Sarah started dropping two and three seconds off her times every race from there out. By the end of track season, she'd carved 17 seconds off her time best time.
“She just took off,” John said. “She went out fast and hung on. She's a little energizing bunny. She'll go out and if you catch me, you catch me. I'm not going to wait and get out-kicked.”
“Yeah,” Sarah said. “My kick is not that great. I've been working on it though.”
“If you go out slow, you give those other people that energy and that confidence that they're keeping up with you,” John said. “That's a bad thing. Sarah learned that that's not going to happen again.”
“That was my mindset,” she said. “I felt like when she beat me, it was a wake-up call. I was probably too comfortable. Then I was PRing every race. Even state.”
She also dropped 40 seconds off her time in the two-mile and carried that momentum into summer training. Sarah and Steven ran together at 5:15 a.m., along with Archer's top boys runner, Super Sixer Myles Collins.
“A lot of girls don't do that,” John said. “She's also thinking about the future. That's the way I trained her older brother. When he went to Georgia, he was ready to run in college, had the stamina for running day in and day out.”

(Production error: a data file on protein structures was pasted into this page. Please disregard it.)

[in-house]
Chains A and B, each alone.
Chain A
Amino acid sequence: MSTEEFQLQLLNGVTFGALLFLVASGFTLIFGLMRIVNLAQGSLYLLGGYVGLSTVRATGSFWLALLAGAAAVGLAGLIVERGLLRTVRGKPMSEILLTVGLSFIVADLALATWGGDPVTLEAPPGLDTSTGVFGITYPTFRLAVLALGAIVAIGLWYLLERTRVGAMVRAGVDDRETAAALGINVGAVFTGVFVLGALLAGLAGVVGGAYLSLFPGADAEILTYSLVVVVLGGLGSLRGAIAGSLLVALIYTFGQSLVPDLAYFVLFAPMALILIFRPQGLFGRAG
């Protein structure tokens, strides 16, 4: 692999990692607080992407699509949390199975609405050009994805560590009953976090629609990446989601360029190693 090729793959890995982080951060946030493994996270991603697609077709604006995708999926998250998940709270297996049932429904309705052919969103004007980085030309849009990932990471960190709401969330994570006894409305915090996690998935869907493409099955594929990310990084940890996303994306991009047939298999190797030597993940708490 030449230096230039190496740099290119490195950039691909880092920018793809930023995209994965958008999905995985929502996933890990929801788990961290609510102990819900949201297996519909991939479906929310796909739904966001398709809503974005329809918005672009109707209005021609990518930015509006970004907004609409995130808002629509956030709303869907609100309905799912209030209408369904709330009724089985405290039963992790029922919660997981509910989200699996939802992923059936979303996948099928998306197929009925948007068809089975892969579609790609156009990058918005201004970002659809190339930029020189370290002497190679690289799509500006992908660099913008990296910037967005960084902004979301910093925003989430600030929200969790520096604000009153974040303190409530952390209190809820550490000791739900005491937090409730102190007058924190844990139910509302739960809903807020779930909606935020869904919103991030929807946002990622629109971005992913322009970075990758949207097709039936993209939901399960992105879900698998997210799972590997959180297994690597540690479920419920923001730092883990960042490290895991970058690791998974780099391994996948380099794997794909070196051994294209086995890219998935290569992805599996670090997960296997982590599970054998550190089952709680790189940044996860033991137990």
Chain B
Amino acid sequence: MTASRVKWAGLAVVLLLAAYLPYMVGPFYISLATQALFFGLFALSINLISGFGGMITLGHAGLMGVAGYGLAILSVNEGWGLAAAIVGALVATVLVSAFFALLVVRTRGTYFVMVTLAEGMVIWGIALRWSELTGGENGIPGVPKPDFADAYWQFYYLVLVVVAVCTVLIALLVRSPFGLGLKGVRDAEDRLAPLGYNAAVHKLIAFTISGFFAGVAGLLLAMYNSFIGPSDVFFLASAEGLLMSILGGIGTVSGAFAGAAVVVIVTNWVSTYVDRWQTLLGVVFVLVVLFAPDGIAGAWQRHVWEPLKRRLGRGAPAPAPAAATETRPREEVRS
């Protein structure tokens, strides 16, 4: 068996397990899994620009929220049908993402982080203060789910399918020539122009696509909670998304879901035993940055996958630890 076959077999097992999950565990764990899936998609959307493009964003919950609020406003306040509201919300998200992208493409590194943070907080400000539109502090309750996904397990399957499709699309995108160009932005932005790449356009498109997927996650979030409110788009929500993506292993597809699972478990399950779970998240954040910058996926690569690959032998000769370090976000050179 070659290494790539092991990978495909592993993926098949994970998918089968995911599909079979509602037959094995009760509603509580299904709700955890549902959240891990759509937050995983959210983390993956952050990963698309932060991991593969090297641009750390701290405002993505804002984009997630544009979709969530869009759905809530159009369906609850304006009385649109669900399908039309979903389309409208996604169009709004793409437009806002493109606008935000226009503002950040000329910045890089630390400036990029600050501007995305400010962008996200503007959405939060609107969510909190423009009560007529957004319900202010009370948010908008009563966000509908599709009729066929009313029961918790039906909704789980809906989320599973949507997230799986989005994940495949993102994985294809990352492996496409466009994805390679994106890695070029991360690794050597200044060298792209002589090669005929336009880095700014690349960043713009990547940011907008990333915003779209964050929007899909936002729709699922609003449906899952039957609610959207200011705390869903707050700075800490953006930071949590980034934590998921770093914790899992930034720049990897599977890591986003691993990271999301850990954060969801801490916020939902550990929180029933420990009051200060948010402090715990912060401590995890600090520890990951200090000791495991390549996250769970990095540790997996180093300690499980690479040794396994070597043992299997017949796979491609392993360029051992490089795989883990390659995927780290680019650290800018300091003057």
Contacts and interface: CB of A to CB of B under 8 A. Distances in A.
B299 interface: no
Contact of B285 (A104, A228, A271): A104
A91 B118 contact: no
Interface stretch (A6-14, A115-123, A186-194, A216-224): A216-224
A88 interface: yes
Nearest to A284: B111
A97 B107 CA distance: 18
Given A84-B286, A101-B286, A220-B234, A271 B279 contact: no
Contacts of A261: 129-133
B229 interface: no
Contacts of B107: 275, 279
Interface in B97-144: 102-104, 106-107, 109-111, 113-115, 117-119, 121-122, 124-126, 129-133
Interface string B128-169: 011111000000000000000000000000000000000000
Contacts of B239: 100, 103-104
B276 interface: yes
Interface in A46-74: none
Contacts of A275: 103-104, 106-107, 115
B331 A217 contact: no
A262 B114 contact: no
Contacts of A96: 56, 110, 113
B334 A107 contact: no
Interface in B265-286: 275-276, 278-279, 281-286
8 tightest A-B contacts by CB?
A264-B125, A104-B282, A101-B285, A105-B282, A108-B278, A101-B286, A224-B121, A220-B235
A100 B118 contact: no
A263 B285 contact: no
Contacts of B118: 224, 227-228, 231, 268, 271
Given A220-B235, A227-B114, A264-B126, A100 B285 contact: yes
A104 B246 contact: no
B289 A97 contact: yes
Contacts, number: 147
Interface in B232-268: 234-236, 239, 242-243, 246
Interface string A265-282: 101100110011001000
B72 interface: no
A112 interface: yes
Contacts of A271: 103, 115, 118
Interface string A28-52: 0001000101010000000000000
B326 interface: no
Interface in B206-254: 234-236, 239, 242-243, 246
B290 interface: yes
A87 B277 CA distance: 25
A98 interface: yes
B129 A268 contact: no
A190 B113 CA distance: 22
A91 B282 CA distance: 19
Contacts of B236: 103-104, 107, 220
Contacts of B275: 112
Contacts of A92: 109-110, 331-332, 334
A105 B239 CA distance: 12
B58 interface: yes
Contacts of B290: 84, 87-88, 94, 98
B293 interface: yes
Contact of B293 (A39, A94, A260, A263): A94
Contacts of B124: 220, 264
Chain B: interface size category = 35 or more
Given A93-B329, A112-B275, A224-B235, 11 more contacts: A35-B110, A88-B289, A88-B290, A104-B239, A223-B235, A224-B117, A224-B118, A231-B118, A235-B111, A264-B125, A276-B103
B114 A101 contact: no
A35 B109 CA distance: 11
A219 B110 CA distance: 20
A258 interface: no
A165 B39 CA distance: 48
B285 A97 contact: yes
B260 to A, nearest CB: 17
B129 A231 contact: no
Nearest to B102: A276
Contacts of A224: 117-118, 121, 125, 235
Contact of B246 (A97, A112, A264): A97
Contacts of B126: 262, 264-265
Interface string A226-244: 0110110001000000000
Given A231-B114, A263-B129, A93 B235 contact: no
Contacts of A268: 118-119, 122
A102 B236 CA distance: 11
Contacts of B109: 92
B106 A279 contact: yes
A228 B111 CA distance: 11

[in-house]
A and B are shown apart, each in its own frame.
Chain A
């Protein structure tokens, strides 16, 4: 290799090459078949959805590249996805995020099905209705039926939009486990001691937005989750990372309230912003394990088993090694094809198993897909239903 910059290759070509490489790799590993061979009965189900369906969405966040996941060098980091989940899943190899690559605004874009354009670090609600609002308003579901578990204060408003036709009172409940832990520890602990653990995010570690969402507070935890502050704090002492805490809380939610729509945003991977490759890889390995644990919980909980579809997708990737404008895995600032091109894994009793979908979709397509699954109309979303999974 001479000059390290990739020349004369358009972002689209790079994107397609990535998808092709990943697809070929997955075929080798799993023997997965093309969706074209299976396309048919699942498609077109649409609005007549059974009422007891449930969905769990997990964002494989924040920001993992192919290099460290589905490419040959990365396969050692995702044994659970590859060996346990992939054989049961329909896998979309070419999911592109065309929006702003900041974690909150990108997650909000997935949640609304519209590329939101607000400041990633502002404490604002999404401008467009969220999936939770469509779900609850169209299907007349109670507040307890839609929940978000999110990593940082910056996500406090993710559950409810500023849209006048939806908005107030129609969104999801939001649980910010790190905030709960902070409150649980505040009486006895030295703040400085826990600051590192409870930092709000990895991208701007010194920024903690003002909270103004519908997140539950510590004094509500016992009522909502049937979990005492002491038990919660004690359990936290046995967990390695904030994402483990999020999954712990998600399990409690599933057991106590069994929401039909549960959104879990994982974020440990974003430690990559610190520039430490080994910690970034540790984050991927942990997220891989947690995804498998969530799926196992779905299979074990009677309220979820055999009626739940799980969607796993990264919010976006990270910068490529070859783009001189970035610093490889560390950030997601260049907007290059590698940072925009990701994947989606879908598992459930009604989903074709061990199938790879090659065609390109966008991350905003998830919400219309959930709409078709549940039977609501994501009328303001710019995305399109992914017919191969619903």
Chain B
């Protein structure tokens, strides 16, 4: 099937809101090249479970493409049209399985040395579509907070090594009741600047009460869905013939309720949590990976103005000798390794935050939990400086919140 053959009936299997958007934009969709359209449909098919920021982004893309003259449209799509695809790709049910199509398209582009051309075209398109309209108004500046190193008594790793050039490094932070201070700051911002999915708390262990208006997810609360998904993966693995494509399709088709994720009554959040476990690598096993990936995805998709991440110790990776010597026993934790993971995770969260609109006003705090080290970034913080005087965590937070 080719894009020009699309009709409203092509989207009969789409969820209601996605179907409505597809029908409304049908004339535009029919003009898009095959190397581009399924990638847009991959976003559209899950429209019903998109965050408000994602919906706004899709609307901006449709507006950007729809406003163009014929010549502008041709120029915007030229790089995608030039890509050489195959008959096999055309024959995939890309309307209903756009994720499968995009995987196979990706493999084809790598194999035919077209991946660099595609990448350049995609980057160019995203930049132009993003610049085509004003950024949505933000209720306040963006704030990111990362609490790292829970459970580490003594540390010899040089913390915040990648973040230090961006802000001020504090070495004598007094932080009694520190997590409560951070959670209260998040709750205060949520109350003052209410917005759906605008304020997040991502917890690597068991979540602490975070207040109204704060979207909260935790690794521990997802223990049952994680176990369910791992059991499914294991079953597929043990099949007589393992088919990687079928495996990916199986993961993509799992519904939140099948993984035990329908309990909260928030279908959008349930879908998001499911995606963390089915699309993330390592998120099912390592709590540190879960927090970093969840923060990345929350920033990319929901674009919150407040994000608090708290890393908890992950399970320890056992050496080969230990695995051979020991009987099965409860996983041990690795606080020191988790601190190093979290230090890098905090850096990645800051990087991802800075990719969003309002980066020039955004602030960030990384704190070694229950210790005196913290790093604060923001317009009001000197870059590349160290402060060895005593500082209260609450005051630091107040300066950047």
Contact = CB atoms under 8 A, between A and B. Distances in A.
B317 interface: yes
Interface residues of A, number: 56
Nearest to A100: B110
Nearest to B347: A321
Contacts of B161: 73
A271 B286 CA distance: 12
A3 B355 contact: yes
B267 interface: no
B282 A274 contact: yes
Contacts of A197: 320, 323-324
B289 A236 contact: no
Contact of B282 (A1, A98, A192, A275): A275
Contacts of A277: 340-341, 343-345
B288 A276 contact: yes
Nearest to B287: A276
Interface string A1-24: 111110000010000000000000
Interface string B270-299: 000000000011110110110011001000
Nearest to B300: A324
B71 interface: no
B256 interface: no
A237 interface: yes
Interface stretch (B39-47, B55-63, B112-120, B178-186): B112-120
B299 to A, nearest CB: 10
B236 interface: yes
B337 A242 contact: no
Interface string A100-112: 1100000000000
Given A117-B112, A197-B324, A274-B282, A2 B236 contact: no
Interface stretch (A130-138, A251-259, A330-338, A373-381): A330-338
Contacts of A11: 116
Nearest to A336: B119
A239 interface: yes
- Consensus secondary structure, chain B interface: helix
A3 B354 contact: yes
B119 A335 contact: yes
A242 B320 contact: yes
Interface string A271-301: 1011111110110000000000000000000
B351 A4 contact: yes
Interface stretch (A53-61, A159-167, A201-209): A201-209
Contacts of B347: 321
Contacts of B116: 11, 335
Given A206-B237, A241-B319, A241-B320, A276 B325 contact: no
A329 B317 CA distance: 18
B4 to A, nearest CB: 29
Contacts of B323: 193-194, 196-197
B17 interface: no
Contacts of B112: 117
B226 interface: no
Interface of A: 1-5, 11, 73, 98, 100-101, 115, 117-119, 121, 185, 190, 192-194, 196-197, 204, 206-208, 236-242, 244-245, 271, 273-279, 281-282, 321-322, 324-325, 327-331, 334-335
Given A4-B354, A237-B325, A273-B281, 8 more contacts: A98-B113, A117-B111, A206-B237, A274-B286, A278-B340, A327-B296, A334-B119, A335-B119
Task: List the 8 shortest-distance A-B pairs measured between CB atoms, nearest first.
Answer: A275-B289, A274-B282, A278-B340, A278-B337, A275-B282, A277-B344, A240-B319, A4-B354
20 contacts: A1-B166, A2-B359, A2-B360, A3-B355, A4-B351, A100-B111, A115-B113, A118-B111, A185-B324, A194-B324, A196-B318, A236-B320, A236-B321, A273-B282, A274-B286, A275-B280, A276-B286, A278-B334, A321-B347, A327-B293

Steven didn't take that same break from competitive running, using middle school as a proving ground for his talent.
“There was a lot of dedication in middle school to stay in shape, stay competitive, stay at the top,” he said. “Seventh and eighth grade were really my years to change how I ran and how I competed.
“My whole life I've been waiting to get into high school so I could run with the team.”
For the last few years, Steven wasn't getting out of school until 4 p.m. and it was 5 when the bus dropped him off at home. During the winter, that meant coming up to the Archer track in the dark to train with his dad.
“I let him suggest what to do that day just to keep him vested and not be the dictator dad,” John said. “I'll tell them what I want. I'll be honest with them. If they don't do it, you know, there may be a little clash, but pretty much, I'll back off. There's never an issue at practice.”